- Glenn Erickson
Summer still feels distant, but today, The Criterion Collection is hastening its arrival by unleashing their massive June slate. So get ready to spend your summer job money on these releases. The biggie of the bunch is Stanley Kubrick's "Dr. Strangelove, or: How I Learned to Stop Worrying and Love the Bomb." It's the director's fourth entry in the collection following "Spartacus," "The Killing," and "Paths Of Glory," and it's coming in a new 4K restoration, with extras including documentaries, new and archival interviews, and more. Kubrick heads will want to jump on this one. Another titan of cinema adds a title Criterion as well, with Michelangelo Antonioni's "Le Amiche" getting the wacky C stamp. It's mostly a bare bones release, save for a couple of interviews and conversations, but just having the newly restored movie will soften the blow. Oh, sorry, there's yet another big name on the June slate: Jean Renoir. »
- Kevin Jagernauth
Oscar-winning actor George Kennedy has passed away at his home in Boise, Idaho on Sunday, aged 91.
Born into a show business family in 1925, Kennedy began his career in 1960 with an uncredited role in Spartacus, and made a host of movie and TV appearances in the early 60s before winning a Best Supporting Actor Oscar for his role in 1967’s Cool Hand Luke.
Following his Oscar success, Kennedy went on to appear in the likes of The Boston Strangler, Guns of the Magnificent Seven, Airport, Thunderbolt and Lightfoot and Death on the Nile. In 1988, he took on the role of Captain Ed Hocken alongside Leslie Nielsen in The Naked Gun: From the Files of Police Squad!, returning for both sequels. His last big screen appearance came in 2014 with a role in The Gambler alongside Mark Wahlberg.
- Gary Collinson
Star of both the big and small screen, George Kennedy has died. The actor passed away at the age of 91. It was reported by the Oscar-winning actor's grandson that Kennedy had been in failing health since the death of his wife over a year ago. He is best known for his role on the hit TV series Dallas and turns in such iconic movies as Cool Hand Luke and Airport.
The actor won a Best Supporting Actor Oscar for his role as prison warden Dragline in Cool Hand Luke. He died this past Sunday in Boise, Idaho. Grandson Cory Schenkel told TMZ that the actor had been in hospice care this entire past month. Though, an exact cause of death was not immediately stated.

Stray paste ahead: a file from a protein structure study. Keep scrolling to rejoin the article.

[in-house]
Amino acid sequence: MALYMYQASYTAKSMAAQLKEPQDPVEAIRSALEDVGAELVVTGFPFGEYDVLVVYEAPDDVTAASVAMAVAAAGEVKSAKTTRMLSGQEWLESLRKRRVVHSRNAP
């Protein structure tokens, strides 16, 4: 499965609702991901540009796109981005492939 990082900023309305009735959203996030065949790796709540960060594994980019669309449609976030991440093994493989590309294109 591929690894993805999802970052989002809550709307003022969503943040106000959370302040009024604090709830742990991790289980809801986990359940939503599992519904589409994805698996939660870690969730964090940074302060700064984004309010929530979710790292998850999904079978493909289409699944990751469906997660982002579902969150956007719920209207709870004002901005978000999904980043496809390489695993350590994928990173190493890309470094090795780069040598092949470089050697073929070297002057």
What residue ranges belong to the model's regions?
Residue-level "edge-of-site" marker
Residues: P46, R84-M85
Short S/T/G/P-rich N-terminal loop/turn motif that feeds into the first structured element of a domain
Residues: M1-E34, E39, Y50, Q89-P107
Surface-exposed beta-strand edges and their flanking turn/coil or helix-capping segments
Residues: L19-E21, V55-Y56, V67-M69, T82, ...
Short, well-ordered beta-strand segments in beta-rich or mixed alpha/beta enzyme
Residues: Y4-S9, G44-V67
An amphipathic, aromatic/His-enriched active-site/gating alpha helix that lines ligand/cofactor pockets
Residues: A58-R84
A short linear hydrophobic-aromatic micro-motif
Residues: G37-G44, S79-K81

It's another Q & A. Ask it and it shall be er... might be answered. When I started typing this week I couldn't stop and before I know it there were thousands and thousands of words. So that takes care of two Q&As .
Here's the first half of the mad scribblings typings then.
Nathaniel: Oh this is a tough one since those people were Oscared for breathing. Okay. Let's take them in reverse order of preference as actors...
Sir Laurence Olivier. Weirdly I was just watching As You Like It (1936) just the other day. I wasn't all that impressed though he definitely had an easier time with the material and the medium than the other stagebound performers. I have seen several of his non-nominated films, »
- NATHANIEL R
Richard Fleischer's Viking saga is a great star showcase: for the grinning one-eyed Kirk Douglas, sullen one-handed Tony Curtis and the heavy-breathing, two-breasted Janet Leigh. Jack Cardiff gives us the fjords of Norway, lean and mean Viking ships, and a brain-bashing acrobatic castle assault designed to out-do Burt Lancaster. With Ernest Borgnine ("Ohhh-dinnnn!!"), James Donald and Alexander Knox. And as the old song goes, it don't mean a thing if it ain't got Frank Thring. The Vikings Blu-ray Kl Studio Classics 1958 / Color / 2:35 widescreen / 114 min. / Street Date March 8, 2016 / available through Kino Lorber / 29.95 Starring Kirk Douglas, Tony Curtis, Ernest Borgnine, Janet Leigh, James Donald, Alexander Knox, Maxine Audley, Frank Thring. Cinematography Jack Cardiff Production Designer Harper Goff Film Editor Hugo Williams Original Music Mario Nascimbene Written by Calder Willingham adapted by Dale Wasserman from a novel by Edison Marshall Produced by Jerry Bresler Directed by Richard Fleischer
Reviewed by Glenn Erickson »
- Glenn Erickson
Ray guns! Space armadas! Storm troopers! Toei's manga became a pricey 3-D animated motion capture epic just three years ago, but was denied a release stateside. This collector's disc set gives us rude 'n' raucous space battles, along with a pirate's bounty of original Japanese extras. Don't worry, the 3-D visuals are excellent. Harlock: Space Pirate 3-D 3-D + 2-D Blu-ray Twilight Time Limited Edition 2013 / Color / 2:35 widescreen / 115 (Japanese) 111 (International) min. / Kyaputen Harokku / Ship Date January 19, 2016 / available through Twilight Time Movies / 34.95 Original Music Tetsuya Takahashi Written by Harutoshi Fukui, Kiyoto Tareuchi from the manga by Leiji Matsuimoto Produced by Joseph Chou, Yoshi Ikezawa, Rei Kudo (Toei Animation) Directed by Shinji Aramaki
Reviewed by Glenn Erickson
Suppose they had a space war and nobody came? Toei Animation's 3-D extravaganza Harlock: Space Pirate 3-D was prepped and primed to take the world by storm, but like too many foreign super-productions it didn't even get a U. »
- Glenn Erickson
Xan Brooks, Henry Barnes and Peter Bradshaw review Trumbo, a biopic about the 1950s screenwriter, Dalton Trumbo, who was blacklisted by Hollywood for his communist beliefs. The film, which stars Bryan Cranston as the writer of Roman Holiday and Spartacus, follows Trumbo through his 11-month imprisonment and subsequent vindication, which was spurred in part by Spatacus star Kirk Douglas. Trumbo, which also stars Helen Mirren and Elle Fanning, is release in the UK on 5 February